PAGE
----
I am an egalitarian. I believe that in matters of personal status and the law, men and women should be treated equally. And where Judaism does not do so, it needs either to accept the Law of the Land or to examine its own systemic limitations. However, in matters of religious ritual, it is up to religions and denominations to apply their own traditions, and anyone who objects is welcome to go elsewhere. At the same time, I am delighted that there are variations and differences in customs, styles, and degrees. Let each one have the freedom to grow or shrink, to attract or repel, so long as there is indeed choice. But choice does not mean making everything the same. If anyone, Jew or non-Jew, male or female, wishes to pray in his or her own way, there are plenty of places to go to in Jerusalem. At this moment the Wall is not one of them.

If one were to object to the bureaucratic stranglehold of the rabbinate in Israel, I for one would agree wholeheartedly. I despise religious parties and government-supported religious coercion. It is to this point that I believe women like Anat Hoffman should be directing their revolutionary zeal, not in trying to undermine a long tradition of Orthodox prayer at a specific site, whether one approves of it or not.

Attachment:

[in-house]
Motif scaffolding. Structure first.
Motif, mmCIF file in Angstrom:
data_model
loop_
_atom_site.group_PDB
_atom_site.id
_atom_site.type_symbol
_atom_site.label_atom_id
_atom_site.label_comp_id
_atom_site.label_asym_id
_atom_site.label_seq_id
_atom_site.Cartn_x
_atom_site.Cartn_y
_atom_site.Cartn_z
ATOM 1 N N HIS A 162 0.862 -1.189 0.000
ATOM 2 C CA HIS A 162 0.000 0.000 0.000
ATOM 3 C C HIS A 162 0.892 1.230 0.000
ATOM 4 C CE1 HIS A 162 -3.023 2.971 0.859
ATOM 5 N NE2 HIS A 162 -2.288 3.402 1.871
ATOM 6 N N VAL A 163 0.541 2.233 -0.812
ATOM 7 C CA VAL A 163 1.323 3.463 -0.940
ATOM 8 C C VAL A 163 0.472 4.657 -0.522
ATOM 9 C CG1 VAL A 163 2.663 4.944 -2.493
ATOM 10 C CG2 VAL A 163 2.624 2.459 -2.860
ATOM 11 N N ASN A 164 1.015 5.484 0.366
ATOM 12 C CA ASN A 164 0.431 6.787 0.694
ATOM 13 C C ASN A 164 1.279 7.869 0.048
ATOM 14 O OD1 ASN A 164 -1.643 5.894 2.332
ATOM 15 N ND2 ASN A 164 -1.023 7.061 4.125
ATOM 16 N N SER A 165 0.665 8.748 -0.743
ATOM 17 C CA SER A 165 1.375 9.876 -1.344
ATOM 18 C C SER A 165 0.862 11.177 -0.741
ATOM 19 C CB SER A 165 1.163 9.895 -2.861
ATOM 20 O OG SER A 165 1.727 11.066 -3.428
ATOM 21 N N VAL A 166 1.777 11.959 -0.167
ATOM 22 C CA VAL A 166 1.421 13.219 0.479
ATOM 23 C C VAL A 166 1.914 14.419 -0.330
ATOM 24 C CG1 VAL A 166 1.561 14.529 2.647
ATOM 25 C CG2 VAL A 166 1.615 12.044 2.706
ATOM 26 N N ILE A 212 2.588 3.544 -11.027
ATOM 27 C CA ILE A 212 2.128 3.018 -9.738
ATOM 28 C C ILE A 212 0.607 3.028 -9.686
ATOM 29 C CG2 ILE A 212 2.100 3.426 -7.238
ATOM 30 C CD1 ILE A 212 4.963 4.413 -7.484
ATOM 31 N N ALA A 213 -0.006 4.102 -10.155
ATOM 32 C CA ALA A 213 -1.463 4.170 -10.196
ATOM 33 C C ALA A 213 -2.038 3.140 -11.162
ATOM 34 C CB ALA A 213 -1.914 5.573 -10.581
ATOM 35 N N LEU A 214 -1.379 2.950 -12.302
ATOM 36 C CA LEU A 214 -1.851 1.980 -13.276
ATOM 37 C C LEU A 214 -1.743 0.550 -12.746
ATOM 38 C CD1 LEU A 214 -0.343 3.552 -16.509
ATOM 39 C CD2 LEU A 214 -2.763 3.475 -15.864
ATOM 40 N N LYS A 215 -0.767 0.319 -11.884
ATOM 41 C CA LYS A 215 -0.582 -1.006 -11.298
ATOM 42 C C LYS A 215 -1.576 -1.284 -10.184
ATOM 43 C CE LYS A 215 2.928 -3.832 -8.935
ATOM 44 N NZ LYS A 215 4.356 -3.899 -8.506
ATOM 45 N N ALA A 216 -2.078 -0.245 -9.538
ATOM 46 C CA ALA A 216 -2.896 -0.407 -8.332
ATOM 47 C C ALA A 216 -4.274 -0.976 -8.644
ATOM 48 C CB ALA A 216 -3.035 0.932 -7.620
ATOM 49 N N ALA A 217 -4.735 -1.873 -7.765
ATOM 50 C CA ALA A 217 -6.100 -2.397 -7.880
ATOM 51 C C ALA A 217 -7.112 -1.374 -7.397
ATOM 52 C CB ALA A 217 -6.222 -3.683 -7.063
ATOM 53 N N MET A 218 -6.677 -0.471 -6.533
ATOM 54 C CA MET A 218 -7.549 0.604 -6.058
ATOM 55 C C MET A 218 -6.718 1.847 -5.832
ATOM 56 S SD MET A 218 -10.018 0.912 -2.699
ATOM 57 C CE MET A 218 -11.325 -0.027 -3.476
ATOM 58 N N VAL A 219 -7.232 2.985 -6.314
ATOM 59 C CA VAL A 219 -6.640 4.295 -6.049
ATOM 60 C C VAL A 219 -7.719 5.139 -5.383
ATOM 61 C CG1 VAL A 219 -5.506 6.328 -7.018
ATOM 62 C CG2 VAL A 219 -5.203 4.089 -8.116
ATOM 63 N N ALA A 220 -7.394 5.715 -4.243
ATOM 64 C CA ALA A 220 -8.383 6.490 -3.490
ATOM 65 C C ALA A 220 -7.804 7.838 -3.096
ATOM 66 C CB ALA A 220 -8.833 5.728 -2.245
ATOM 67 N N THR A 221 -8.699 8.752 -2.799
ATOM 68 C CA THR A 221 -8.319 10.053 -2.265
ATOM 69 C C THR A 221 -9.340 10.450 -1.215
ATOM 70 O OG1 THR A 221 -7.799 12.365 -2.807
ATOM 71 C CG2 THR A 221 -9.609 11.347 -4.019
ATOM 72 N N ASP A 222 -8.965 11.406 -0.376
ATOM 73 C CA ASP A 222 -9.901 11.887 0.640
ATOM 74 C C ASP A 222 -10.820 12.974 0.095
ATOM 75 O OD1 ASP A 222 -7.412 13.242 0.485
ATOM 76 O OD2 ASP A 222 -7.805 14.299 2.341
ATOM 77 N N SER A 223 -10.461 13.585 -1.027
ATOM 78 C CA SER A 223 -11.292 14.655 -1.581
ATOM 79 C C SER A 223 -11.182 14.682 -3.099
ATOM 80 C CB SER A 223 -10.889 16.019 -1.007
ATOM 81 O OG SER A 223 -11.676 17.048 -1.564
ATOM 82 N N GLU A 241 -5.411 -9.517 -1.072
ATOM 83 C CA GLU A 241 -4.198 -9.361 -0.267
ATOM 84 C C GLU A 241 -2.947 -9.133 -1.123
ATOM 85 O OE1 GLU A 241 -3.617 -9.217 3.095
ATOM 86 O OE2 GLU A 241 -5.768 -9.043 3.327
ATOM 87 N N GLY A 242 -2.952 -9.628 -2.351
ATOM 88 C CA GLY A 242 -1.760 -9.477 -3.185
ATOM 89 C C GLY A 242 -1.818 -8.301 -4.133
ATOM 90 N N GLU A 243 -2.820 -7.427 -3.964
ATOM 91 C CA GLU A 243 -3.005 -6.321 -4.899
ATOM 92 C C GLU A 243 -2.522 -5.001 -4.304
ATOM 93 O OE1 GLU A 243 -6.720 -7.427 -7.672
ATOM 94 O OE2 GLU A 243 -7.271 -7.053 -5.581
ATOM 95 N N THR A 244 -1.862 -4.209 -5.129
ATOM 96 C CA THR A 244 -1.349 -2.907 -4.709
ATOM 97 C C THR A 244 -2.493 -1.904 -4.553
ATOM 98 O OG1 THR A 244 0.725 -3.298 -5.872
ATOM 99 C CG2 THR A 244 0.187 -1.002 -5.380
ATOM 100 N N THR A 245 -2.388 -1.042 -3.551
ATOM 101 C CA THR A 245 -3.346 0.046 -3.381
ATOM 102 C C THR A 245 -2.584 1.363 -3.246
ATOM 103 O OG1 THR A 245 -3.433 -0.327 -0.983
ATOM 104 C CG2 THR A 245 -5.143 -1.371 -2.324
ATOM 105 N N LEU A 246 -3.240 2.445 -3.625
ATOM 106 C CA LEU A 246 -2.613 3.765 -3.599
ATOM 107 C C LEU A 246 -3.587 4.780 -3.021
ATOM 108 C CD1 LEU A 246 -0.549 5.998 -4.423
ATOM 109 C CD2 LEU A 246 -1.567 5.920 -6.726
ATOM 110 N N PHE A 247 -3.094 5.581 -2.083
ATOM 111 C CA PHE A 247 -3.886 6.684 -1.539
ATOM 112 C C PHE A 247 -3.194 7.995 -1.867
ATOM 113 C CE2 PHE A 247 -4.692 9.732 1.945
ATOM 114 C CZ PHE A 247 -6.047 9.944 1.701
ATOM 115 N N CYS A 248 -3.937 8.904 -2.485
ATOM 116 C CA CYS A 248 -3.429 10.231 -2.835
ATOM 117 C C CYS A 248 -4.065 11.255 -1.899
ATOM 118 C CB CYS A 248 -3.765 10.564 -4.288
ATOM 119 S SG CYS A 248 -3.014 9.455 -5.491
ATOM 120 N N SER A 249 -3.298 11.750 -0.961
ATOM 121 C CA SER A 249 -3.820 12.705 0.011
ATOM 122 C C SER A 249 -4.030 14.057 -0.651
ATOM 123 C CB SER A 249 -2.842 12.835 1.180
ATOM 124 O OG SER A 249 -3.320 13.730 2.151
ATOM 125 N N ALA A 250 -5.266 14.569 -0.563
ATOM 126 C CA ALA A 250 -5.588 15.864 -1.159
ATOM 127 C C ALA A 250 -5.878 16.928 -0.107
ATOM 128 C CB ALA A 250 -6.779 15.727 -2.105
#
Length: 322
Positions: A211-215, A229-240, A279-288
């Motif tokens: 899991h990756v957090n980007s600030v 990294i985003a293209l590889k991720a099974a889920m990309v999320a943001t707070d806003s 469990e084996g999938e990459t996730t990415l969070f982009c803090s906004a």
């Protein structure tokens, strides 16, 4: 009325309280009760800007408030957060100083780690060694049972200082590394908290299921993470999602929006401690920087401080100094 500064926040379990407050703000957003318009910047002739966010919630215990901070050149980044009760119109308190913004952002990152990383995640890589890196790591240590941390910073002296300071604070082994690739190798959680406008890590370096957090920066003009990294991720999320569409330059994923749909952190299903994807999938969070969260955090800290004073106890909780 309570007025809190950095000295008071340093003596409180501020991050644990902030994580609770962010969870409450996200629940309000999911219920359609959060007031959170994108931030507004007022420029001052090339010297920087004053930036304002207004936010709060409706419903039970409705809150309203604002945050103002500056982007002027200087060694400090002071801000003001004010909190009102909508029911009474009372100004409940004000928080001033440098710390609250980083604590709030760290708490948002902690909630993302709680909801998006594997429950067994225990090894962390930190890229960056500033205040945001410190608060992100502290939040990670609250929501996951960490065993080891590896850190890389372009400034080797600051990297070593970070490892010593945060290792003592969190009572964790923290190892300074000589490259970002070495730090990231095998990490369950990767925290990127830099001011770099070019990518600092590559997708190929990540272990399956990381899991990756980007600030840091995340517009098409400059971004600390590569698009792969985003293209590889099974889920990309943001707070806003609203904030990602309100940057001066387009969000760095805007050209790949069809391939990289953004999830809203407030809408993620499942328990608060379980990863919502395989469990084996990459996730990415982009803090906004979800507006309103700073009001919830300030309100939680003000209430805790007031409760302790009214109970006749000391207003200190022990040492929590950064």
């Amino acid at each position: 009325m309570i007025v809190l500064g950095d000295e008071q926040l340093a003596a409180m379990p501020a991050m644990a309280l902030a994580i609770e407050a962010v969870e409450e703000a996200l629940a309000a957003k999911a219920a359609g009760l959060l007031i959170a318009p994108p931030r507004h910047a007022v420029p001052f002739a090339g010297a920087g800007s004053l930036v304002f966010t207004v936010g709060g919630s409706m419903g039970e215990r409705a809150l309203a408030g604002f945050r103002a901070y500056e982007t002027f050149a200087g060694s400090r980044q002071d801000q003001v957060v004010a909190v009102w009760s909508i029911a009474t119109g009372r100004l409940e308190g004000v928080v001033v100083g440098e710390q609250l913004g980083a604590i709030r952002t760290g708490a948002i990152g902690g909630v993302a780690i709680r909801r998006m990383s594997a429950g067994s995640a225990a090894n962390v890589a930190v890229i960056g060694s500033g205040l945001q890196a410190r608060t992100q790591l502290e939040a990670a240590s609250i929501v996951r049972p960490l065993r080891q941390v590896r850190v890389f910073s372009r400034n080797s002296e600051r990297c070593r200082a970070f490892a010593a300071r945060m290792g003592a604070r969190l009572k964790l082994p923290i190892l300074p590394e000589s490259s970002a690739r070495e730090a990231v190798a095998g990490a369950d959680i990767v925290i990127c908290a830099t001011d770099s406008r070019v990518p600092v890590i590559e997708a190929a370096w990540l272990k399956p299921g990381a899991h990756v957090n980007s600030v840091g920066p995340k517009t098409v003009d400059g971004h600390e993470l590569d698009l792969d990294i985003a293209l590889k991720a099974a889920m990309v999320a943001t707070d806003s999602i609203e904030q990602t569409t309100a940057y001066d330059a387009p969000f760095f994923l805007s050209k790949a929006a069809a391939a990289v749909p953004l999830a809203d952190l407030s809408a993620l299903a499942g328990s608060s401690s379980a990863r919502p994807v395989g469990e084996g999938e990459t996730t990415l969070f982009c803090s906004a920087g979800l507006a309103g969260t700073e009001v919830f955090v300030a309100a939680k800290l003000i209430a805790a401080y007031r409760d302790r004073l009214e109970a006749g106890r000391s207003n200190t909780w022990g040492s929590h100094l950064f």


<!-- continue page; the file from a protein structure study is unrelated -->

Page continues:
The rabbinate in Israel has been home to corruption, nepotism, incompetence, sexual abuse, financial dishonesty, insensitivity, monopoly, and turning thousands of Israelis against religion instead of welcoming them to it. Orthodox organizations of rabbis, such as the Tzohar movement, have been trying to present an alternative. If one wants to see change, then support them. The political system in Israel is such that until such time as there is the political will to change (amongst the secular, no less) nothing will. Token protests will continue to be futile.

The protests in Tel Aviv last summer against the massive inequalities and abuses of Israeli life highlighted the real issues. If Anat is concerned about the spiritual wellbeing of Israel, that is the sort of campaign to which her supporters should be directing their reforming zeal. In the meantime, she can have her services in a location close to the Wall but slightly to the left. Let those who support her join her there and when they outnumber the Orthodox they will carry the day.

I am glad there are women’s services and attempts to develop a female spirituality as an alternative to a traditional male form of service. The old way works well for me in some of its variations, not all by any means. But I recognize it does not for others. I would like to see more choice, more variety of religious experience rather than less. To try to force male systems of worship to change is not the way. To create new ones is. And if they succeed in getting more Jews to pray, I will be overjoyed.